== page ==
The biggest overhaul to the NSW Curriculum in 30 years will see new syllabuses dramatically stripped down “to focus on what is essential in each subject” and a greater focus put on literacy and numeracy in the state’s classrooms.
The review, announced in 2018, was sparked by educators’ concerns that the curriculum is too cluttered and doesn’t focus strongly enough on literacy and numeracy, the outcomes of which have been stagnating over the last decade, according to NAPLAN results.
The sweeping changes will begin in 2021 with all year levels learning the new curriculum by 2024, starting with English and maths for Kindergarten to Year 2 by 2022.
NSW Premier, Gladys Berejiklian, said the NSW Government will be taking a “back to basics” approach to the curriculum.
“Literacy and numeracy will remain the focus throughout a student’s school experience," Berejiklian said today.
"We are investing record amounts into education and the results need to match this. We need to make a change if we want NSW to improve by global standards”.
Consultation completed during the Curriculum Review found 98% of teachers believed excess syllabus content was leading to “diminished educational outcomes” for students, particularly in the core subjects.
NSW Education Minister, Sarah Mitchell, said the overhaul will address this by allowing teachers the time and support to drive greater student outcomes in maths, English and science.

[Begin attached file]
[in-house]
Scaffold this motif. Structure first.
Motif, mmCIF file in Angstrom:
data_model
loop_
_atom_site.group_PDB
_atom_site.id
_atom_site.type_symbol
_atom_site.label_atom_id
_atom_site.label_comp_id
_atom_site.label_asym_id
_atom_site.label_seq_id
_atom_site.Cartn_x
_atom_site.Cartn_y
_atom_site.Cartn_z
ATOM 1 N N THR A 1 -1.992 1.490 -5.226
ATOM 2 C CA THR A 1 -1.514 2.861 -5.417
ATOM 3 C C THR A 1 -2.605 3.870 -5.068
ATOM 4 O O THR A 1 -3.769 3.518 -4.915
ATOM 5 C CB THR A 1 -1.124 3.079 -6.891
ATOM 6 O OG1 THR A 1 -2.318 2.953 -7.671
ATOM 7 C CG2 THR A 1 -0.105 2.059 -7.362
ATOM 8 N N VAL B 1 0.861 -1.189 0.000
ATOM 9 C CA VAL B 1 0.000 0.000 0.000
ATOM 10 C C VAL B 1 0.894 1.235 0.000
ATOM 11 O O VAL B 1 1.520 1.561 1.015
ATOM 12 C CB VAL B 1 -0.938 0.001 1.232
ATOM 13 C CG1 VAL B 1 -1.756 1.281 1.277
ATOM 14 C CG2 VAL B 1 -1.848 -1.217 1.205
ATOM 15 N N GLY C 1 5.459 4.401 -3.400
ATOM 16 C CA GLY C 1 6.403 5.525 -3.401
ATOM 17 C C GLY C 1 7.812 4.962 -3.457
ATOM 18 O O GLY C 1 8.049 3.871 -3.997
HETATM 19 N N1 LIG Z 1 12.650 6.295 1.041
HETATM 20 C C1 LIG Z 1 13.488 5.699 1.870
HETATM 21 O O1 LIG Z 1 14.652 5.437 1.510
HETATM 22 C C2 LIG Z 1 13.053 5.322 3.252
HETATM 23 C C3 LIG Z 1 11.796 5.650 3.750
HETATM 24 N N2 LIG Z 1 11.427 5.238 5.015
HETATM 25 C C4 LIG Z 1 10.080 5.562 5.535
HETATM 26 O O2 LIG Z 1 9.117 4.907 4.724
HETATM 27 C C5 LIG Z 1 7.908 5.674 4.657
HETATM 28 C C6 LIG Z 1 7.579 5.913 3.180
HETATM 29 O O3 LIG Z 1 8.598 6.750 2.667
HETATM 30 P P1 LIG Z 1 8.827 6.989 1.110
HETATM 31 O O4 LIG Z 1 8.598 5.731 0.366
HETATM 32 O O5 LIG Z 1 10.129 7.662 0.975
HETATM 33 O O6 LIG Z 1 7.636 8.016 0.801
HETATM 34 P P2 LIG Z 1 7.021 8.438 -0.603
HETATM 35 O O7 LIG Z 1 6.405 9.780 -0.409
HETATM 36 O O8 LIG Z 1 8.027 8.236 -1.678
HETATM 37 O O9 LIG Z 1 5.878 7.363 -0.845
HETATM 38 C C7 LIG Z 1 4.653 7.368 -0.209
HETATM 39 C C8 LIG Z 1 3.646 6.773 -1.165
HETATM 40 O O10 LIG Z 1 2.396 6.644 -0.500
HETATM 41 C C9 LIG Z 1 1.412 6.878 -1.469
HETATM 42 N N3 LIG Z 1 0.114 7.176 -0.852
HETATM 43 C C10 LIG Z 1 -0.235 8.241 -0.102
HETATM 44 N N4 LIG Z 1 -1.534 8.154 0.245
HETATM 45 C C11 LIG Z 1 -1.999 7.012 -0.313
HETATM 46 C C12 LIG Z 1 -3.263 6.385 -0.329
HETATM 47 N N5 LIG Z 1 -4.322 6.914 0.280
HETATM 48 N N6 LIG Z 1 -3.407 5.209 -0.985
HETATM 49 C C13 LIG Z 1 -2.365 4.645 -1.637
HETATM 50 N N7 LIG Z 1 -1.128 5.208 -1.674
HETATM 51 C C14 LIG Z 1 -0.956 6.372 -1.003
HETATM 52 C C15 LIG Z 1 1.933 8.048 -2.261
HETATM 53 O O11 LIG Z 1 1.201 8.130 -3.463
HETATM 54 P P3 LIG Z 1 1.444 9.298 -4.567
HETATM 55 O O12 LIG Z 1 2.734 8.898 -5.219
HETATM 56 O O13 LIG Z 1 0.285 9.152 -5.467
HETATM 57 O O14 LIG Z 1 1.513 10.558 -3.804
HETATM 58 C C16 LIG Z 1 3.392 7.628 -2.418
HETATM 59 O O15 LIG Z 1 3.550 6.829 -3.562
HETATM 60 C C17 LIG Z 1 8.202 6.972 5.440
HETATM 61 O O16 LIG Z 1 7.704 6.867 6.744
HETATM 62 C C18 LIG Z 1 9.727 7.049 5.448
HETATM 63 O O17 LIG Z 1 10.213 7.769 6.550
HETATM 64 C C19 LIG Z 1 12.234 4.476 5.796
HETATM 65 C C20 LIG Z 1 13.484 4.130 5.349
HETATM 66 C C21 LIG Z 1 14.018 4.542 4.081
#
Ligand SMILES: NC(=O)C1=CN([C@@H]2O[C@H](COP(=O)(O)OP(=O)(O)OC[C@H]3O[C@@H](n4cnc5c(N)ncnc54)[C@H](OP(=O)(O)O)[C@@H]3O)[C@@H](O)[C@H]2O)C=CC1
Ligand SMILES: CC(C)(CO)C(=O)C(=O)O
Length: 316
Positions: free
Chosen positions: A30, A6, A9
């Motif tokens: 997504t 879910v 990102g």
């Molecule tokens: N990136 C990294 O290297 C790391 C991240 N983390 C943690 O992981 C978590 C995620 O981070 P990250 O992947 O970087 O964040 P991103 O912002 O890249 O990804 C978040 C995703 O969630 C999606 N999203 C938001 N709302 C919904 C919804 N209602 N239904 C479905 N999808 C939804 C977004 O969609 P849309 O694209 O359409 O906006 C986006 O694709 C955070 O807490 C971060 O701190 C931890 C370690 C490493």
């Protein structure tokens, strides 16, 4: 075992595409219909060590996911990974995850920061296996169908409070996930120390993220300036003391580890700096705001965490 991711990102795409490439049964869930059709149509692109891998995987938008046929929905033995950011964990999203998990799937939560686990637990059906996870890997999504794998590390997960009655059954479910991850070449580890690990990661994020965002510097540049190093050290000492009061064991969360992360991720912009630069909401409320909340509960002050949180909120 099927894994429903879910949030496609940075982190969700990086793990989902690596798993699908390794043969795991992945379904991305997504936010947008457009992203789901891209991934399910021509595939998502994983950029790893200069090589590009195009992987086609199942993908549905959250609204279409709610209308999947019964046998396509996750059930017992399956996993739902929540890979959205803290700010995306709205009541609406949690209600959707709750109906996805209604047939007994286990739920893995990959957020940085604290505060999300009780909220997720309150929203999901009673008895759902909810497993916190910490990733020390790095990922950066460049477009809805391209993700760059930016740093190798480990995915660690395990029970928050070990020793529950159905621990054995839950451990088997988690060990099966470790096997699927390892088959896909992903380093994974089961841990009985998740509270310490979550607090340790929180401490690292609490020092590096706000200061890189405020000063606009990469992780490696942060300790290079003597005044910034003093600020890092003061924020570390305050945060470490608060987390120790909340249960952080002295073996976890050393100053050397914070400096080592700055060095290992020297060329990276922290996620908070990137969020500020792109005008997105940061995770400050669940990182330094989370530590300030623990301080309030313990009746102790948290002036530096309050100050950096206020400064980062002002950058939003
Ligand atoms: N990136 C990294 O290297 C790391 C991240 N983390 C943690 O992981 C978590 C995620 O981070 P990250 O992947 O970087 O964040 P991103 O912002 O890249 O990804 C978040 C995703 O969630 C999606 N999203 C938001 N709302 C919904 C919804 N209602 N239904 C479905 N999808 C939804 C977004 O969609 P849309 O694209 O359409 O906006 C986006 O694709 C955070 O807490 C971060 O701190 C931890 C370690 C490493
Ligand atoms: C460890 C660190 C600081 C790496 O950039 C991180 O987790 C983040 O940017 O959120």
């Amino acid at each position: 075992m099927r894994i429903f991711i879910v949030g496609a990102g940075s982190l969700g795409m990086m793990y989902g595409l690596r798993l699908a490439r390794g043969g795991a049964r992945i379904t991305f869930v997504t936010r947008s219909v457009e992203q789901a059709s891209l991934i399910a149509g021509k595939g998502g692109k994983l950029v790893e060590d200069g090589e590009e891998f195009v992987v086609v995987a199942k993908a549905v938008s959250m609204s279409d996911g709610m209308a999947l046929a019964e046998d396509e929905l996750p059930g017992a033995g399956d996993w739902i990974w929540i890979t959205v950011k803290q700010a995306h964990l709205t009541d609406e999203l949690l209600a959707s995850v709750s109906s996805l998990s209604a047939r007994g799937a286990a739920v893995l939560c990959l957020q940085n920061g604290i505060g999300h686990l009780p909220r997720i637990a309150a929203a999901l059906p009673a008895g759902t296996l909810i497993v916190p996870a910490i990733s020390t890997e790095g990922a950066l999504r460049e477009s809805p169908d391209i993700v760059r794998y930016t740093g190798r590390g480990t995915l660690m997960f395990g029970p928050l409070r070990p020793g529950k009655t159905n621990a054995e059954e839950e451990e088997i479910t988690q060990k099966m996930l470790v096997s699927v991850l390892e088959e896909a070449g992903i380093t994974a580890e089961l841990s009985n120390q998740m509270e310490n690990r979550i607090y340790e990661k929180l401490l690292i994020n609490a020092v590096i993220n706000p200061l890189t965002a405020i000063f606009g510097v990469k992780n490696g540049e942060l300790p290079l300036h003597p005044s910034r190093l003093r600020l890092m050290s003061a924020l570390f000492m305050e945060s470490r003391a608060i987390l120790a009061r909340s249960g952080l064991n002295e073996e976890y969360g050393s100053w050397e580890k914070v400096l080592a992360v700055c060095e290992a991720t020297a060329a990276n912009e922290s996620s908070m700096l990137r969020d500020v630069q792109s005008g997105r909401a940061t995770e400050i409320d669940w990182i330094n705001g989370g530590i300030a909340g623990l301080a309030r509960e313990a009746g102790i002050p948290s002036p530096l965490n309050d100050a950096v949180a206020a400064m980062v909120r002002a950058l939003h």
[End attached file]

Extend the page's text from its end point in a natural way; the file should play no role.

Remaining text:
“I want to see all our young people leaving school confident and equipped to succeed in life. We want a curriculum that leaves no student behind while challenging students who are advancing faster than others,” Mitchell said.
“We have listened to the experts when formulating the government response to the Curriculum Review – and I am confident that the changes we will implement will ensure that NSW remains one of the best places to educate our children for decades to come”.
The NSW Secondary Principals’ Council (NSWSPC) welcomed the release of the Review.
"In particular, we welcome a commitment to de-cluttering the curriculum and clarifying the core concepts that are considered critical for student achievement," NSWSPC president Craig Petersen told The Educator.
"We also welcome the recognition that teachers need to have their administrative workload reduced so that they can focus more effectively on teaching and learning, particularly if it is expected that they will need to differentiate learning to an even higher degree as students work at varying paces towards achieving minimum attainment levels".
However, Petersen said it is unclear at this stage what the practical implications of this may be in terms of school organisation, adding that detailed consultation with principal and teacher associations will be critical to providing the additional detail needed before many of these high-level recommendations can be implemented.
"Strengthening curriculum for senior secondary students is critical, if we are to prepare young people for a range of possible career options, but we do need to see more detail around how this increased rigour can be achieved whilst still meeting the diverse needs of all the students continuing through to their HSC".